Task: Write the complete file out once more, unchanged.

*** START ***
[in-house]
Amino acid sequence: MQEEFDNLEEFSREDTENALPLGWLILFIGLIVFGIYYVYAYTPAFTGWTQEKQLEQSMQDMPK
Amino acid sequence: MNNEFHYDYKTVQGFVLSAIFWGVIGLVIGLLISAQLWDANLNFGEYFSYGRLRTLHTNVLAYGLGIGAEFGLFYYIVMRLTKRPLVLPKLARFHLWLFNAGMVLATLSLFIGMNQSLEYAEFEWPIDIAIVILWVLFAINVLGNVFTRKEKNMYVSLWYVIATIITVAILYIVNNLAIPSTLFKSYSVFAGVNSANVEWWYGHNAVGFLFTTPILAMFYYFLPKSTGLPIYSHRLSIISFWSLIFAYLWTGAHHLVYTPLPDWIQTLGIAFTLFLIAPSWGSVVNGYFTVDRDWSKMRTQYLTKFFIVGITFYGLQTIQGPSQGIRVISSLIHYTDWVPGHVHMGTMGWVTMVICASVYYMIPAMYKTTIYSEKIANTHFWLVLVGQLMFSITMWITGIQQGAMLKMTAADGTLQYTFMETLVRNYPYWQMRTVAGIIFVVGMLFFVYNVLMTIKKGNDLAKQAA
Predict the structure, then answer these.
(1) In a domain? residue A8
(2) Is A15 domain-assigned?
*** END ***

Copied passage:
[in-house]
Amino acid sequence: MQEEFDNLEEFSREDTENALPLGWLILFIGLIVFGIYYVYAYTPAFTGWTQEKQLEQSMQDMPK
Amino acid sequence: MNNEFHYDYKTVQGFVLSAIFWGVIGLVIGLLISAQLWDANLNFGEYFSYGRLRTLHTNVLAYGLGIGAEFGLFYYIVMRLTKRPLVLPKLARFHLWLFNAGMVLATLSLFIGMNQSLEYAEFEWPIDIAIVILWVLFAINVLGNVFTRKEKNMYVSLWYVIATIITVAILYIVNNLAIPSTLFKSYSVFAGVNSANVEWWYGHNAVGFLFTTPILAMFYYFLPKSTGLPIYSHRLSIISFWSLIFAYLWTGAHHLVYTPLPDWIQTLGIAFTLFLIAPSWGSVVNGYFTVDRDWSKMRTQYLTKFFIVGITFYGLQTIQGPSQGIRVISSLIHYTDWVPGHVHMGTMGWVTMVICASVYYMIPAMYKTTIYSEKIANTHFWLVLVGQLMFSITMWITGIQQGAMLKMTAADGTLQYTFMETLVRNYPYWQMRTVAGIIFVVGMLFFVYNVLMTIKKGNDLAKQAA
Predict the structure, then answer these.
(1) In a domain? residue A8
(2) Is A15 domain-assigned?